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Search - For Businesses, a Healthier Bottom Line

Search Winter 2013

For Businesses, a Healthier Bottom Line

Date: January 1, 2013

Although many people are selling similar services, says Edward Bernacki, “we have reproducible data saying these are the best things you can do.”
Although many people are selling similar services, says Edward Bernacki, “we have reproducible data saying these are the best things you can do.”


A dozen or so years ago, Edward Bernacki, director of the Division of Occupational Medicine, was writing a series of articles on prevention of occupational injuries, with the premise that employers had to get employees to the best physicians for the best outcomes.

By request, Bernacki published one in what he thought was an obscure risk-management journal. But that article sparked the interest of a risk manager at PepsiCo, who called and later visited Bernacki to ask if he could set up an employee wellness center for the company’s bottling facility in Baltimore. It went so well that Bernacki was then asked to design similar programs for their facilities in Orlando, Fla.; Pittsburgh and eventually 37 additional U.S. bottling plants.

Pepsi is just one of many large corporations, including Dean Foods, Hughes Network Systems (a provider of broadband satellite network products) and The Nordham Group (a provider of aircraft maintenance, repair and overhaul services) now employing Bernacki’s home-grown model of Johns Hopkins On-Site Employee Health and Wellness Centers. The centers, located in nearly 50 sites across 23 states, help companies control employee medical costs by focusing on front-line assessment and treatment of occupational and nonoccupational injuries/illness; delivery of wellness and prevention services; development of local health care strategy; and support of safety initiatives. One of their newest offerings is an employee Web portal through which employees can make appointments at their on-site clinics, learn about company wellness programs or read Hopkins health content on a variety of conditions.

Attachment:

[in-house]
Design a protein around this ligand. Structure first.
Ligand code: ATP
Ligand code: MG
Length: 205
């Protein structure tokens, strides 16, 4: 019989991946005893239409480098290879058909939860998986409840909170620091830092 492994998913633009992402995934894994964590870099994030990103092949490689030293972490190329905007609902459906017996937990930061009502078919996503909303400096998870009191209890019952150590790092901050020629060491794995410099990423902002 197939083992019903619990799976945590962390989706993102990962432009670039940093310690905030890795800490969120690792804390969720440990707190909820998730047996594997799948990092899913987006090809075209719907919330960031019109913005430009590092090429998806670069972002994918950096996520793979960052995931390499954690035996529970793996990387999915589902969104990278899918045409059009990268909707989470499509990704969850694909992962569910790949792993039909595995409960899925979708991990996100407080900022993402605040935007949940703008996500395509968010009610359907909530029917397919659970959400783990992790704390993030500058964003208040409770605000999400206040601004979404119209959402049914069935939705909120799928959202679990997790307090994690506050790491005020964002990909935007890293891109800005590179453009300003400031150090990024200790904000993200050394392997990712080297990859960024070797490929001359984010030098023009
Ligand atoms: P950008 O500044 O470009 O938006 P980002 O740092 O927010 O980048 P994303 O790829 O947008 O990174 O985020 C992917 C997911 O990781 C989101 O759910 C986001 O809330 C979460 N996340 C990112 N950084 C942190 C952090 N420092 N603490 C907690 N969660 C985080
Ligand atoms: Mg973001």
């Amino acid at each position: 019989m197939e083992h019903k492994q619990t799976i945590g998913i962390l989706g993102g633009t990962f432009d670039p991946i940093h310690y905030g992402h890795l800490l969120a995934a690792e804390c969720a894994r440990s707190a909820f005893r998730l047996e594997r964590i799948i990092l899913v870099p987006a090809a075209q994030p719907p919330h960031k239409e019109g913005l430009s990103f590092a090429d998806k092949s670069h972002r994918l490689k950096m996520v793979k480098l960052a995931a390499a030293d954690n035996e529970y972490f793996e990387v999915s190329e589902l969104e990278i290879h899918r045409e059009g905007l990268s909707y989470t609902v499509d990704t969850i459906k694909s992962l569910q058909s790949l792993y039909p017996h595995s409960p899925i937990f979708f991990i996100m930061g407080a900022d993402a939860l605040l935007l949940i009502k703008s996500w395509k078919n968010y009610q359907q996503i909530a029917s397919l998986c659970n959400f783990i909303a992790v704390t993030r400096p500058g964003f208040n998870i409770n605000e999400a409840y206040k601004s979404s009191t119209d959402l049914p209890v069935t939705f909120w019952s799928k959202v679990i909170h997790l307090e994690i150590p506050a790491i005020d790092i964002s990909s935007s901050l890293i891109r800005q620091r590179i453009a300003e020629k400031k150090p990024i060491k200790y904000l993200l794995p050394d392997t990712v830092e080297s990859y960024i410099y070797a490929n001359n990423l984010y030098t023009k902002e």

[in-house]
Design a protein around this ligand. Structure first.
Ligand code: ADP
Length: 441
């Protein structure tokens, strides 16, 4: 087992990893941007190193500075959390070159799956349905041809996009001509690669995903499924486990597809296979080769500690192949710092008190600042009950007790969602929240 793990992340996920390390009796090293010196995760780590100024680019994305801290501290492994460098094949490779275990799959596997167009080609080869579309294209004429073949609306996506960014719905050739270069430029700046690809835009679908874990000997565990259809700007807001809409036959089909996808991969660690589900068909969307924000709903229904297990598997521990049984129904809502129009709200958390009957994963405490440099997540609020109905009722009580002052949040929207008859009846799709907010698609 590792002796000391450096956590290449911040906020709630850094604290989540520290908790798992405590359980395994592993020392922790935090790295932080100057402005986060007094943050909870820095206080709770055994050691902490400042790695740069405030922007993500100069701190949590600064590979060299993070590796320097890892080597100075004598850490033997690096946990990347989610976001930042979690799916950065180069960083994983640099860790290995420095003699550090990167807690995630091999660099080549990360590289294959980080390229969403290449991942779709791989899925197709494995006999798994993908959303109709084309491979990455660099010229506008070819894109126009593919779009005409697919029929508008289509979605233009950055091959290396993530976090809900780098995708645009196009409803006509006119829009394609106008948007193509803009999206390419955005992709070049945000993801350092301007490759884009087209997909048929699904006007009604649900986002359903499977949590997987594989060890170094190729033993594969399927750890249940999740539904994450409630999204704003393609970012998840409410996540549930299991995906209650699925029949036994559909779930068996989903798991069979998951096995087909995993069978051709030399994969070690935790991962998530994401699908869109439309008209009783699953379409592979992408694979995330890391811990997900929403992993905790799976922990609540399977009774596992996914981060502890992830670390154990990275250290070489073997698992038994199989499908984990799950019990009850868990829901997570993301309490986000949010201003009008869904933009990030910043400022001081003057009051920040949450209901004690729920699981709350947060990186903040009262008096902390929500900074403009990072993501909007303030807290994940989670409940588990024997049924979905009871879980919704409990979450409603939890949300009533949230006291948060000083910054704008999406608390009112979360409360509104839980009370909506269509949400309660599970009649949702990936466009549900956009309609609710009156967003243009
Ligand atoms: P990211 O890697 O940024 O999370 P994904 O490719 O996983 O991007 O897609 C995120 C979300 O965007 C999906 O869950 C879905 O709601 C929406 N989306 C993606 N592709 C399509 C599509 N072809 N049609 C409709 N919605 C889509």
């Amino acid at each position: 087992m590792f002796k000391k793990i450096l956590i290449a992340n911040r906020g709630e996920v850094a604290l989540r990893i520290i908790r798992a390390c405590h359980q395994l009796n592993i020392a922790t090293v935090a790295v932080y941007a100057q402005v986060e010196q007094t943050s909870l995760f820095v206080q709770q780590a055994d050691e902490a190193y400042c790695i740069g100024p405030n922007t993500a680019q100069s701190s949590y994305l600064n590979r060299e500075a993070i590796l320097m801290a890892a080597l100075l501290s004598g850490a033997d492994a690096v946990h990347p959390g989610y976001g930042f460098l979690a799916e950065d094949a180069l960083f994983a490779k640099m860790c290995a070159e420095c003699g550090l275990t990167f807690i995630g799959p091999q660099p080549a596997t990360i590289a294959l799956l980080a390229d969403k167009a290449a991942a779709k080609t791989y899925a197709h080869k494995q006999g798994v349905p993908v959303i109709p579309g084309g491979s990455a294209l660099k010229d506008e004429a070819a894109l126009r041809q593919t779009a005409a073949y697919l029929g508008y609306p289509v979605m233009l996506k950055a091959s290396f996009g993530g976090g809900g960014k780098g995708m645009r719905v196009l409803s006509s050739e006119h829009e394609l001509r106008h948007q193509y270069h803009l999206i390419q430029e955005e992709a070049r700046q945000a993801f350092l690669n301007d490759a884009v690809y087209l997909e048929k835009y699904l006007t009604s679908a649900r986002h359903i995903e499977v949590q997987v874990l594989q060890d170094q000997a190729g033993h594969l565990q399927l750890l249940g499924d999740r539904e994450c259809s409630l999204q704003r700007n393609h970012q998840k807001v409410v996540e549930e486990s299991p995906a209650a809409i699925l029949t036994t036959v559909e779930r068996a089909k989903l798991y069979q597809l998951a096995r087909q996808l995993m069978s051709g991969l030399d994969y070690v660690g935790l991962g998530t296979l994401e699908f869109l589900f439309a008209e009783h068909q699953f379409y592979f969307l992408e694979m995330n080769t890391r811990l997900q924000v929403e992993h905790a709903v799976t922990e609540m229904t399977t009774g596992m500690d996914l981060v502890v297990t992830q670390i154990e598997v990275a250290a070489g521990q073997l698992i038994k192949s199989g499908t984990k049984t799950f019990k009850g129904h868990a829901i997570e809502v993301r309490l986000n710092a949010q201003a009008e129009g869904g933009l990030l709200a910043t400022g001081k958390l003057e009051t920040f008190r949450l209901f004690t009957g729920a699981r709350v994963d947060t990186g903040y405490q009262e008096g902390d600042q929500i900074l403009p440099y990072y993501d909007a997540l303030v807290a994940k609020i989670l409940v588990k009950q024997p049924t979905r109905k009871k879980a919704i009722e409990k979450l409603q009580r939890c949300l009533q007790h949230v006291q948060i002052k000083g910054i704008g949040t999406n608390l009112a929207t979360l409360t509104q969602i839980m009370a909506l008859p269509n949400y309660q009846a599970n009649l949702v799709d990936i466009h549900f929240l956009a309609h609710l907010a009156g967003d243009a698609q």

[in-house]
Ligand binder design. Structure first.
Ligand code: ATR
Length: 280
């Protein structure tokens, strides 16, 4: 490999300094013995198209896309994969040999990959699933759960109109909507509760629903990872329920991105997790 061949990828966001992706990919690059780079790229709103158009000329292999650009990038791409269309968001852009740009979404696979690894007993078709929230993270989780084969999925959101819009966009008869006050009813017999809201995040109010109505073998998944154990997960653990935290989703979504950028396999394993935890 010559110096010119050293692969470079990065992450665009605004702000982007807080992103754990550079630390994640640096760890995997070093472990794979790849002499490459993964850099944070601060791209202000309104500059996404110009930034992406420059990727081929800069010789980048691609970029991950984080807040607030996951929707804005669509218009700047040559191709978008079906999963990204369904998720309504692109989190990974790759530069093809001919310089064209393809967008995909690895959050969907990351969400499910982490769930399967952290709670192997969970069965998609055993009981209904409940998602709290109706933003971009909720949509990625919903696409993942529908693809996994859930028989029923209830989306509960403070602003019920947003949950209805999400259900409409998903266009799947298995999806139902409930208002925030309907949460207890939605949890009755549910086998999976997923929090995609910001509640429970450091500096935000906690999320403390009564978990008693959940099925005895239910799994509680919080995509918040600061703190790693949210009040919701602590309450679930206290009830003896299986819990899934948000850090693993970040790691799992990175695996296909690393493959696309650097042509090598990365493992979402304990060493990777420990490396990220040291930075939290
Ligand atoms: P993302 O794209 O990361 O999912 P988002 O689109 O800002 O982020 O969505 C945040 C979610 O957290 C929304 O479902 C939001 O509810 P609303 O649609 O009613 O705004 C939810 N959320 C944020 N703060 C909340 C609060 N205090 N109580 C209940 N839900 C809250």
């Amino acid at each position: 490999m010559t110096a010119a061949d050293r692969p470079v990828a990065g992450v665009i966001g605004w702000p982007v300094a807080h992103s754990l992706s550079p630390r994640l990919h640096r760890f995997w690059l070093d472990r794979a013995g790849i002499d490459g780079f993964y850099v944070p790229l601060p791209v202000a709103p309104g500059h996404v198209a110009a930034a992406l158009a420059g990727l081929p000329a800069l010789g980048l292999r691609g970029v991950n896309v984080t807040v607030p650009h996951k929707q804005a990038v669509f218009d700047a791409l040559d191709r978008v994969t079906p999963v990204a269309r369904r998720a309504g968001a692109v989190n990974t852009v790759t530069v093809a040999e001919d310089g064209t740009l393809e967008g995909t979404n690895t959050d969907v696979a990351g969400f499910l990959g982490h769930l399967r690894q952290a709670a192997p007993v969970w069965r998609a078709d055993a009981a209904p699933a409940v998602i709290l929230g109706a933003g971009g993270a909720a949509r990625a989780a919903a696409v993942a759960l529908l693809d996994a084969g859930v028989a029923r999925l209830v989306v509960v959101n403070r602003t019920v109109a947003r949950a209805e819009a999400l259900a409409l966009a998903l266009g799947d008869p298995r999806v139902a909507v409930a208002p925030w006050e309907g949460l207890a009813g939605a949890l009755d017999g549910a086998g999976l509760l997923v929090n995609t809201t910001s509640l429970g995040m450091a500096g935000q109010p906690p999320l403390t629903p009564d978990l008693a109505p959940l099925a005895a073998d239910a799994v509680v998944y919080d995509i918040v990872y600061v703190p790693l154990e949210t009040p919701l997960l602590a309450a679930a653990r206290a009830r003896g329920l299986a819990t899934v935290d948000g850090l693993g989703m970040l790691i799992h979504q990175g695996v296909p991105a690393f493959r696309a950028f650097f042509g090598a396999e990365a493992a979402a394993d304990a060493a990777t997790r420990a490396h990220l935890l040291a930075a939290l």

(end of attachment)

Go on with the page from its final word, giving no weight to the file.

Centers are staffed by nurse practitioners and trained by Bernacki and his team. All patient data is entered into an electronic employee health medical record system, which makes for easy review and management by Baltimore-based Hopkins practitioners, and data mining for improved outcomes.

“We do a lot of research and publish our data,” says Bernacki, “and clients like that we constantly try to innovate new wellness programs.”

Contracting with Hopkins for health services makes sense for Pepsi or other companies that specialize in non-health care products, Bernacki says: “You can get the wrong person heading an employee wellness program, and there’s no way a lay person can judge the quality of a physician.”

In addition, he says, Hopkins has the name-brand power of an academic institution with proven expertise.

Without any formal advertising, the program has experienced 10 percent to 20 percent growth in revenue over the last seven to eight years and now generates some $11 million. Potential clients have discovered the service through word-of-mouth from existing clients, Bernacki says, and in some cases, senior leaders who moved to other companies wanted to adopt the Hopkins model in their new workplace. 

 “We’d like to continue that growth rate,” Bernacki says, “and that should be achievable.” He’s currently working to set up on-site clinics for the corporate offices of PepsiCo in New York and Nestle Corp. in California, among others. 

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